Let’s face it, if you’re a fan of concrete in the home, you probably like it big and chunky. I’m talking about concrete that makes it’s presence known by being bold and unmistakably thick. This can be a contradiction of sorts; on one hand we want pieces that are thick and blocky, on the other hand those very pieces can be impossibly heavy. Weight is a major limitation for concrete products. In trying to please our customers and push the limit of our medium, we have experimented with some radical solutions. Let me tell you about one such case:
We were commissioned for a 128 x 40” concrete island. This is a beast of a single piece. This customer was also interested in 2” thick concrete. There is a cut-out for an under-mount sink, but the total weight of this concrete behemoth would be about 731 lb. Although Chris and I fancy ourselves as strong fellows, this would be a bit much! We’ve been able to reduce weight in concrete countertop construction before, so, we took this as another opportunity to lighten things up.
The basic idea is to remove weight, which is obvious, but this was to be an island piece with an overhang, and, not only does it need to sit on cabinets in an asymmetrical fashion, the overhang needs to be strong. Some concrete artisans utilize a “drop edge” that is the idea of making a thin countertop say for example 0.75” thick or so and then the edges are extended to appear thick. This is a valid approach although it’s not quite as strong as other techniques and also looks funny if you see it from below. We’ve also had some trouble with parts warping or cracking when using this technique. So although it could be fine for others, we do it a little differently.
Principles first: The best place to remove weight from such a piece is exactly in the middle. The overhang is a classic cantilever beam bending problem. When somebody leans on the side sticking out, tension forces occur in the top of the beam and compression forces occur on the bottom.
When a structure like this is loaded, most stress occurs on the top and bottom surfaces. The middle is loaded but with sheer force that is much lower than the tension and compression on the top and bottom respectively of the beam. To remove weight we try to remove mass from the beams middle so as to keep the top and bottom strong. Our plan used 1” foam set directly in the middle of the concrete. This yielded 0.5” of concrete on either side, which, really is not much! But not to worry, not only is the concrete we use heavily fortified with 3/4” alcali resistant glass fiber, but we applied two layers of fiberglass lath (cross hatch of filaments) to each of the sides.
We laid out the mold on a nice big flat table (more on that later perhaps). The mold then represented the dimensions we took at time of template. We also cut a foam blank for the sink cut-out and located it appropriately. After carefully applying release agent we poured a “face coat” or specifically colored layer of concrete to the tune of about 0.15” thick. After troweling this layer on the flat and mold sides, we waited to let it set up slightly. When a finger depression leaves only a slight mark in the face coat we apply the first layer of structural concrete. This layer is just under 0.5” and is fortified with fiberglass. Six percent of the total weight of the structural mix is composed of short strand fiberglass. After carefully troweling this layer flat we applied two layers of fiberglass lath. The next step was to apply the foam.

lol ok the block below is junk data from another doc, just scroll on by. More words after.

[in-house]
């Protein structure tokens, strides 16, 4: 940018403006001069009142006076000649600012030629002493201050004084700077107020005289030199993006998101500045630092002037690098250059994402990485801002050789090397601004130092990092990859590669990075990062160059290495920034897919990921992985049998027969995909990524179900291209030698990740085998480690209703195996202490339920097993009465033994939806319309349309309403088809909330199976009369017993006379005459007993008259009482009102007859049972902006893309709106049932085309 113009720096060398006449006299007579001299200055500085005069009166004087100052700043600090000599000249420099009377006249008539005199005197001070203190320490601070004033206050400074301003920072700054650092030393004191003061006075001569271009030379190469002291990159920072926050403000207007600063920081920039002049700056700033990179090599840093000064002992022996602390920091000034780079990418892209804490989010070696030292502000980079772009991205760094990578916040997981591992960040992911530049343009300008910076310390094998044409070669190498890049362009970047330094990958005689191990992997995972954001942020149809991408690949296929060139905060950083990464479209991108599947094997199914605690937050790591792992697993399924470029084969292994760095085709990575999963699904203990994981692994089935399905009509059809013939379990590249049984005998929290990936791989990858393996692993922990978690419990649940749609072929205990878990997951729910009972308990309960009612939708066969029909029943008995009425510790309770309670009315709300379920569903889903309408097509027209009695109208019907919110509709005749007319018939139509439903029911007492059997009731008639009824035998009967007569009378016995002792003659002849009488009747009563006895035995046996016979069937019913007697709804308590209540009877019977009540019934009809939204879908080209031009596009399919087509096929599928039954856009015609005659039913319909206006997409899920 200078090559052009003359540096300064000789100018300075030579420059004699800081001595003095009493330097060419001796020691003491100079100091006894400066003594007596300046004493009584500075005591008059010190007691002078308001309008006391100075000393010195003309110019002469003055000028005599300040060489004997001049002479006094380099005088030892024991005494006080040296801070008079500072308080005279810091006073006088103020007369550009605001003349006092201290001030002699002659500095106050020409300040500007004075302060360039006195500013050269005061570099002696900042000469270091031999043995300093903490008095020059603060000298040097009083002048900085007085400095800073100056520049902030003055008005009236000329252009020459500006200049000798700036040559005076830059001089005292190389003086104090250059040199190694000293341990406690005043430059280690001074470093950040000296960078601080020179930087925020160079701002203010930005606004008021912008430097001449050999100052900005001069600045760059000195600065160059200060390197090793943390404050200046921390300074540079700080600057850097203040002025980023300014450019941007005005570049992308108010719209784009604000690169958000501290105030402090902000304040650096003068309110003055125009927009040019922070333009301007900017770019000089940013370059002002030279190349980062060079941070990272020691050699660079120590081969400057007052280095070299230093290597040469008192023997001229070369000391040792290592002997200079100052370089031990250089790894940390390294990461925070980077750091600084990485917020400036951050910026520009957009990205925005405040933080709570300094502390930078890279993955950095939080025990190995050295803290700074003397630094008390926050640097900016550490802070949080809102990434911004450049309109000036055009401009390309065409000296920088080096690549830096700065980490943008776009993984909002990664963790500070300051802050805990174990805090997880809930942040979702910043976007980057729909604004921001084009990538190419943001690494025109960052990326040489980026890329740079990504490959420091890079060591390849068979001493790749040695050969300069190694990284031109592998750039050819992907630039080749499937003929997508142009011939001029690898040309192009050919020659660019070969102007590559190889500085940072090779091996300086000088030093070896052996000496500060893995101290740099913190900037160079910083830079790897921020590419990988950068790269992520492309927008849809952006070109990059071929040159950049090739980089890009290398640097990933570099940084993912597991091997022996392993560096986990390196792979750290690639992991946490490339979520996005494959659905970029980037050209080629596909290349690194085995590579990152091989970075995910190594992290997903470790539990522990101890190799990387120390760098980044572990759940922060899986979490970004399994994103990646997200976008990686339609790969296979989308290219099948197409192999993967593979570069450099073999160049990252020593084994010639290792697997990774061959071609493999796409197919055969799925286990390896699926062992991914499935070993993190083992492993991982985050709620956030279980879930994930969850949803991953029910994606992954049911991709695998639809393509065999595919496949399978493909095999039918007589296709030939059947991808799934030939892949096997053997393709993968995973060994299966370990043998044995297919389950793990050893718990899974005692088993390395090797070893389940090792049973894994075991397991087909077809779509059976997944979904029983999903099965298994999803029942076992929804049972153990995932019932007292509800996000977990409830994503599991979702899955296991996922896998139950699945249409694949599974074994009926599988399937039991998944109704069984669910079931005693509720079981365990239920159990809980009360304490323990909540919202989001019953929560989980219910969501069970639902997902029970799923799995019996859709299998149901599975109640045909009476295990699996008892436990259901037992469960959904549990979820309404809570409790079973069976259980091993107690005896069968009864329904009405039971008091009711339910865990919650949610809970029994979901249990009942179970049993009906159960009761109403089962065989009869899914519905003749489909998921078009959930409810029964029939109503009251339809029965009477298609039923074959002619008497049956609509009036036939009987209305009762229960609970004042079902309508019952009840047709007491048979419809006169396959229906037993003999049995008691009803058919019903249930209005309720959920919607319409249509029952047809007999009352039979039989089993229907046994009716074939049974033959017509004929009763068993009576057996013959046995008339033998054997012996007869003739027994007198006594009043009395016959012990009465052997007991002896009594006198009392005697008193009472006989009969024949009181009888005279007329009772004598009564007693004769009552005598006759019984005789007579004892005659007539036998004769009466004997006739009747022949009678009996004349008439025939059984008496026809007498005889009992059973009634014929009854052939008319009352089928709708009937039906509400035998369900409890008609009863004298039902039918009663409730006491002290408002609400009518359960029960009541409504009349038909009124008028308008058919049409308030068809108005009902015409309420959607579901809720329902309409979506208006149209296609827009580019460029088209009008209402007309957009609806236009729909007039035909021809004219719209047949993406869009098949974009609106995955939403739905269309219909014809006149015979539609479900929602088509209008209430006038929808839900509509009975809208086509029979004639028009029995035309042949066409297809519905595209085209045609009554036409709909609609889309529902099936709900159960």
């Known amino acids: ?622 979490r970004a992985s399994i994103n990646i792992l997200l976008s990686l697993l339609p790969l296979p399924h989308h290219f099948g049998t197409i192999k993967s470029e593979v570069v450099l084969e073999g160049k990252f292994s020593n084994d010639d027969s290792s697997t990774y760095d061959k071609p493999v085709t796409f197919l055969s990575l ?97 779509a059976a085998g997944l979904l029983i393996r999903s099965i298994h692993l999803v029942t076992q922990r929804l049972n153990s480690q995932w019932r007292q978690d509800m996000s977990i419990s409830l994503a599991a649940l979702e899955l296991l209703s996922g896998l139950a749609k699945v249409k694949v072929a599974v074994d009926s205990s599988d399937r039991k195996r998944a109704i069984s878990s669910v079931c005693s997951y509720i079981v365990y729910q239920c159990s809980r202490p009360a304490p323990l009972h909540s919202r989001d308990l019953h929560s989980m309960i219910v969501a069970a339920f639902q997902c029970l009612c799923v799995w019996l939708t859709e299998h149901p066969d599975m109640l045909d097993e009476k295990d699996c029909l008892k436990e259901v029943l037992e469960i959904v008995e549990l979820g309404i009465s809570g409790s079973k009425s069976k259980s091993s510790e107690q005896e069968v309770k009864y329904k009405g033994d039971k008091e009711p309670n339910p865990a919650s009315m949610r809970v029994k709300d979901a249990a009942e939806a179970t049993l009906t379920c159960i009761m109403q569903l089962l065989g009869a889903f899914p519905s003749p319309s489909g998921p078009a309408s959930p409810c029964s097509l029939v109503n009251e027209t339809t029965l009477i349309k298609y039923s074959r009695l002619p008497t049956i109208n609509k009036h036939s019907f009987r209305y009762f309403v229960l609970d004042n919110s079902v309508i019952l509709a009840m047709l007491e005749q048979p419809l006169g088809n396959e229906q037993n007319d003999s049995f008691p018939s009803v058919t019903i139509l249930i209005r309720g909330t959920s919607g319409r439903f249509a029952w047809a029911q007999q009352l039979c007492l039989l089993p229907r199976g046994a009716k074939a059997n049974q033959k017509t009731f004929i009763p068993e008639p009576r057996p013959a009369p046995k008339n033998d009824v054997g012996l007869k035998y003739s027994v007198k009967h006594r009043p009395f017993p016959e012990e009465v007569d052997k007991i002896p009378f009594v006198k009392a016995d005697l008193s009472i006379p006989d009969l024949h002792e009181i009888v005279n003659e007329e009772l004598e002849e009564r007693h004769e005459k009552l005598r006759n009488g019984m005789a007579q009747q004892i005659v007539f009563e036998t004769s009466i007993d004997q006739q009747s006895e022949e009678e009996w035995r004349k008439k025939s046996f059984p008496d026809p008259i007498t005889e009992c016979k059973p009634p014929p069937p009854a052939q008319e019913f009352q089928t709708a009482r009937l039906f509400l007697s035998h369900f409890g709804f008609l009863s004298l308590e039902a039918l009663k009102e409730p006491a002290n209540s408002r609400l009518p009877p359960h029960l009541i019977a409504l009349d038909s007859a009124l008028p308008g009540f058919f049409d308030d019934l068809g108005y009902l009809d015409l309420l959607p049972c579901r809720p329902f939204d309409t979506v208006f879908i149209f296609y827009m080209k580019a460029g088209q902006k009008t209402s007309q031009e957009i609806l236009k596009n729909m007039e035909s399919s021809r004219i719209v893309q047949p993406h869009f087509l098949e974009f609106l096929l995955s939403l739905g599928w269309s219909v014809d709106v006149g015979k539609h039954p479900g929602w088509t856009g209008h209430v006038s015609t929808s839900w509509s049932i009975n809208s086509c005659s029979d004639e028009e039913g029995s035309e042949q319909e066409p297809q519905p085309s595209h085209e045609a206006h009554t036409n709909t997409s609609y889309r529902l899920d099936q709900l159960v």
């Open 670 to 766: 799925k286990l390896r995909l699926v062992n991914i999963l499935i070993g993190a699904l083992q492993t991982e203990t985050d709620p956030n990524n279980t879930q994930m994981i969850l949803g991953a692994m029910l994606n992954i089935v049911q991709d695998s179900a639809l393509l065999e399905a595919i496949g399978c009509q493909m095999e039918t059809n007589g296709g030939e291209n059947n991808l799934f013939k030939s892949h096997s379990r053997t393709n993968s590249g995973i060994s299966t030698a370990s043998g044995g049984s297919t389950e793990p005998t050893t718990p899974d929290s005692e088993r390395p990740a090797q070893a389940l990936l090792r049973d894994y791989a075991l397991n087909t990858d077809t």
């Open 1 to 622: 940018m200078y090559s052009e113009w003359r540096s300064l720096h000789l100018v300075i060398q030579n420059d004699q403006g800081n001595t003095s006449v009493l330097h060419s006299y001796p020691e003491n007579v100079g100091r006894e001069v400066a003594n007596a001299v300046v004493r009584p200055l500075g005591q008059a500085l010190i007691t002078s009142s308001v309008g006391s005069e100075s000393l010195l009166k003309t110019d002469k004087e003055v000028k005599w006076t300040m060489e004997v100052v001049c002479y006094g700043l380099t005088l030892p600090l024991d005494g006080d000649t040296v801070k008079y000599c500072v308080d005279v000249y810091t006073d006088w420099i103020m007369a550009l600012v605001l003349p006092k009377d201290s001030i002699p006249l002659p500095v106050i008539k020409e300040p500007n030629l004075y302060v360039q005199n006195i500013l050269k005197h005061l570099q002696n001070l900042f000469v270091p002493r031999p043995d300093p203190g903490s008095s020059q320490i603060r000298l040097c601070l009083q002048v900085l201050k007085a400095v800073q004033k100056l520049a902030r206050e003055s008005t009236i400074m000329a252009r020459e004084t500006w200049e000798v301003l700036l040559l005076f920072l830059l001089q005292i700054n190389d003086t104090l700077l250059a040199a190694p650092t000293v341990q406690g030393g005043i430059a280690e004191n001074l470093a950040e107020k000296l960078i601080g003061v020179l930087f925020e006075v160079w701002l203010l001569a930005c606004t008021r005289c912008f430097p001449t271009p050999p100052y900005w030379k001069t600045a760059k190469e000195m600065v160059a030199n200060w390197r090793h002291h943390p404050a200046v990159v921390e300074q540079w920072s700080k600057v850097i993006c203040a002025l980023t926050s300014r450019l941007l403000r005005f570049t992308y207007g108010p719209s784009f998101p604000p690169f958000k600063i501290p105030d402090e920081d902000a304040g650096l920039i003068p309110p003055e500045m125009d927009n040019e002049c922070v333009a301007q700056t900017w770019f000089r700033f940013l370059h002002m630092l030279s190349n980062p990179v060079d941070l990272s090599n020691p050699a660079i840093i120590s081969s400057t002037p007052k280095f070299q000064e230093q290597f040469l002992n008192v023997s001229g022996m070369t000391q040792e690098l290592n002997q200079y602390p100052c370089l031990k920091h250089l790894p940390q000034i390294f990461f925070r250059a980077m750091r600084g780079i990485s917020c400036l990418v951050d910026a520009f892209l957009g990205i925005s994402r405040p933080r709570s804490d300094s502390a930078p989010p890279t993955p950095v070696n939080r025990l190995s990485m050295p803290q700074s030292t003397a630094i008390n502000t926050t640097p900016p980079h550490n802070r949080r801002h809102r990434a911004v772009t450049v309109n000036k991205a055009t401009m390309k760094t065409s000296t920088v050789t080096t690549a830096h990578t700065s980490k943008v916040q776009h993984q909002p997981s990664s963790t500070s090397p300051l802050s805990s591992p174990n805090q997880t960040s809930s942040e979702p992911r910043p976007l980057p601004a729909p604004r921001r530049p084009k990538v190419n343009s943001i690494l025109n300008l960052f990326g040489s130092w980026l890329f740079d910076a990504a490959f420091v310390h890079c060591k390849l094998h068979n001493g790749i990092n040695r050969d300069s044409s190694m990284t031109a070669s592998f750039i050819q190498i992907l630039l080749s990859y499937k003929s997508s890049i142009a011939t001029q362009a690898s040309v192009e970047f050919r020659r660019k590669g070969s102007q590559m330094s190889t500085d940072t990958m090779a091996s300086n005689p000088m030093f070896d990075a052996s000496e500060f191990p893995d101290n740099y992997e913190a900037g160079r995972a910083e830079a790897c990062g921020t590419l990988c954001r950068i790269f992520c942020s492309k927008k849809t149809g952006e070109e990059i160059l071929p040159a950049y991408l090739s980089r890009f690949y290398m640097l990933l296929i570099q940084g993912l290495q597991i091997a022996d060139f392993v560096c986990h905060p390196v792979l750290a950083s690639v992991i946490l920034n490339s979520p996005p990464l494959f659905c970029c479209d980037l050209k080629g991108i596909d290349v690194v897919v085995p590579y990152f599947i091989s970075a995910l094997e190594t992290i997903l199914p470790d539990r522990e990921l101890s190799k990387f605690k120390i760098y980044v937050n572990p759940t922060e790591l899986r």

The foam left a 1.5” wall around the perimeter and also was split into three pieces so as to provide some structural ribs. The other important and key part of the foam are the perforation holes. This is a little trick we learned from working in the composite industry. We cut 1” diameter holes at some forgotten spacing not only to provide a mechanical tie-in between the top and bottom face, but also to carry some of that lesser, but still existing, shear stress.
After massaging the foam in place we poured the next layer of structural mix on top of the foam ensuring that the perforation holes were filled. And, to keep the structure symmetric, we applied two layers of fiberglass lath pushing it in with trowels. We made sure the mold was filled up to the top of our 2” form boards by screeding the back side. Finally letting the exposed mix stiffen up a bit, we covered the work with plastic to keep it from losing moisture and placed some blankets on top to keep the piece appropriately warm during curing.
This technique reduces the weight of the casting to 430lb ( A 41% reduction). Not light, but not too shabby for this massive single piece island…At least now the two of us can move it around!
Here are some shots of the piece as completed.
More shots to come!